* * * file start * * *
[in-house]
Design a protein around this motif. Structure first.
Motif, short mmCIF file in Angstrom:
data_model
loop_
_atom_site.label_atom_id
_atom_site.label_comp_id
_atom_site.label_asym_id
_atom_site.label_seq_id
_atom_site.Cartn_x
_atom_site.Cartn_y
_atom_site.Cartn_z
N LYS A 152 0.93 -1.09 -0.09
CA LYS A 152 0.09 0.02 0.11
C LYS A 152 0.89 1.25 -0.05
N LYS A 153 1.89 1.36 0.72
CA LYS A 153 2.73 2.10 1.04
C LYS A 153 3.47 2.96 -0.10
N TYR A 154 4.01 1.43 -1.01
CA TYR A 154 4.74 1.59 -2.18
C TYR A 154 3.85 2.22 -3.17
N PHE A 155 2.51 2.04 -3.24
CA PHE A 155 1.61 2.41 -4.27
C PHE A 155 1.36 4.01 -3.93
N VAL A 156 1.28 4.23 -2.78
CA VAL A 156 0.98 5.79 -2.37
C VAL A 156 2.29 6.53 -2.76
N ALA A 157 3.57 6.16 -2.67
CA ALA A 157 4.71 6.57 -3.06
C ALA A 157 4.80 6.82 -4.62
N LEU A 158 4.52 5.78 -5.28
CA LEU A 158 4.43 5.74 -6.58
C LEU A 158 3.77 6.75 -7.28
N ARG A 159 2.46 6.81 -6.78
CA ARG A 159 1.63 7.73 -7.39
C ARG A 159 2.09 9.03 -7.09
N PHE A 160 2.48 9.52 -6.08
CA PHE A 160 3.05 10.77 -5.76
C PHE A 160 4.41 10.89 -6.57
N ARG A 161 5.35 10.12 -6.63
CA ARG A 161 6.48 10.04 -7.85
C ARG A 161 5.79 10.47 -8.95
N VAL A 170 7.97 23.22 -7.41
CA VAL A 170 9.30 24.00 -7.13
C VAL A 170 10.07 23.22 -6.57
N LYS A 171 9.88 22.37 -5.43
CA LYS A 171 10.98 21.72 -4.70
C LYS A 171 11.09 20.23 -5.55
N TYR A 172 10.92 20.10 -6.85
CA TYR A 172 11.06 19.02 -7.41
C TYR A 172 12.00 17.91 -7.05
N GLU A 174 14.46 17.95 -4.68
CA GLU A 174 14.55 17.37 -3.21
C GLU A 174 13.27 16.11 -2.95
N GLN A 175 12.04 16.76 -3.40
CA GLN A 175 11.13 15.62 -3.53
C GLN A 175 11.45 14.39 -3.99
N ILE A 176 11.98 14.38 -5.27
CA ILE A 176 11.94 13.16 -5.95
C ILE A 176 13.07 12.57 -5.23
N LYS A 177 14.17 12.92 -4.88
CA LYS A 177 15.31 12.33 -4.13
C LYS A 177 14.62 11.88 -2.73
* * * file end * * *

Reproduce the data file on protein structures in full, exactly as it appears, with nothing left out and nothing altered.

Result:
[in-house]
Design a protein around this motif. Structure first.
Motif, short mmCIF file in Angstrom:
data_model
loop_
_atom_site.label_atom_id
_atom_site.label_comp_id
_atom_site.label_asym_id
_atom_site.label_seq_id
_atom_site.Cartn_x
_atom_site.Cartn_y
_atom_site.Cartn_z
N LYS A 152 0.93 -1.09 -0.09
CA LYS A 152 0.09 0.02 0.11
C LYS A 152 0.89 1.25 -0.05
N LYS A 153 1.89 1.36 0.72
CA LYS A 153 2.73 2.10 1.04
C LYS A 153 3.47 2.96 -0.10
N TYR A 154 4.01 1.43 -1.01
CA TYR A 154 4.74 1.59 -2.18
C TYR A 154 3.85 2.22 -3.17
N PHE A 155 2.51 2.04 -3.24
CA PHE A 155 1.61 2.41 -4.27
C PHE A 155 1.36 4.01 -3.93
N VAL A 156 1.28 4.23 -2.78
CA VAL A 156 0.98 5.79 -2.37
C VAL A 156 2.29 6.53 -2.76
N ALA A 157 3.57 6.16 -2.67
CA ALA A 157 4.71 6.57 -3.06
C ALA A 157 4.80 6.82 -4.62
N LEU A 158 4.52 5.78 -5.28
CA LEU A 158 4.43 5.74 -6.58
C LEU A 158 3.77 6.75 -7.28
N ARG A 159 2.46 6.81 -6.78
CA ARG A 159 1.63 7.73 -7.39
C ARG A 159 2.09 9.03 -7.09
N PHE A 160 2.48 9.52 -6.08
CA PHE A 160 3.05 10.77 -5.76
C PHE A 160 4.41 10.89 -6.57
N ARG A 161 5.35 10.12 -6.63
CA ARG A 161 6.48 10.04 -7.85
C ARG A 161 5.79 10.47 -8.95
N VAL A 170 7.97 23.22 -7.41
CA VAL A 170 9.30 24.00 -7.13
C VAL A 170 10.07 23.22 -6.57
N LYS A 171 9.88 22.37 -5.43
CA LYS A 171 10.98 21.72 -4.70
C LYS A 171 11.09 20.23 -5.55
N TYR A 172 10.92 20.10 -6.85
CA TYR A 172 11.06 19.02 -7.41
C TYR A 172 12.00 17.91 -7.05
N GLU A 174 14.46 17.95 -4.68
CA GLU A 174 14.55 17.37 -3.21
C GLU A 174 13.27 16.11 -2.95
N GLN A 175 12.04 16.76 -3.40
CA GLN A 175 11.13 15.62 -3.53
C GLN A 175 11.45 14.39 -3.99
N ILE A 176 11.98 14.38 -5.27
CA ILE A 176 11.94 13.16 -5.95
C ILE A 176 13.07 12.57 -5.23
N LYS A 177 14.17 12.92 -4.88
CA LYS A 177 15.31 12.33 -4.13
C LYS A 177 14.62 11.88 -2.73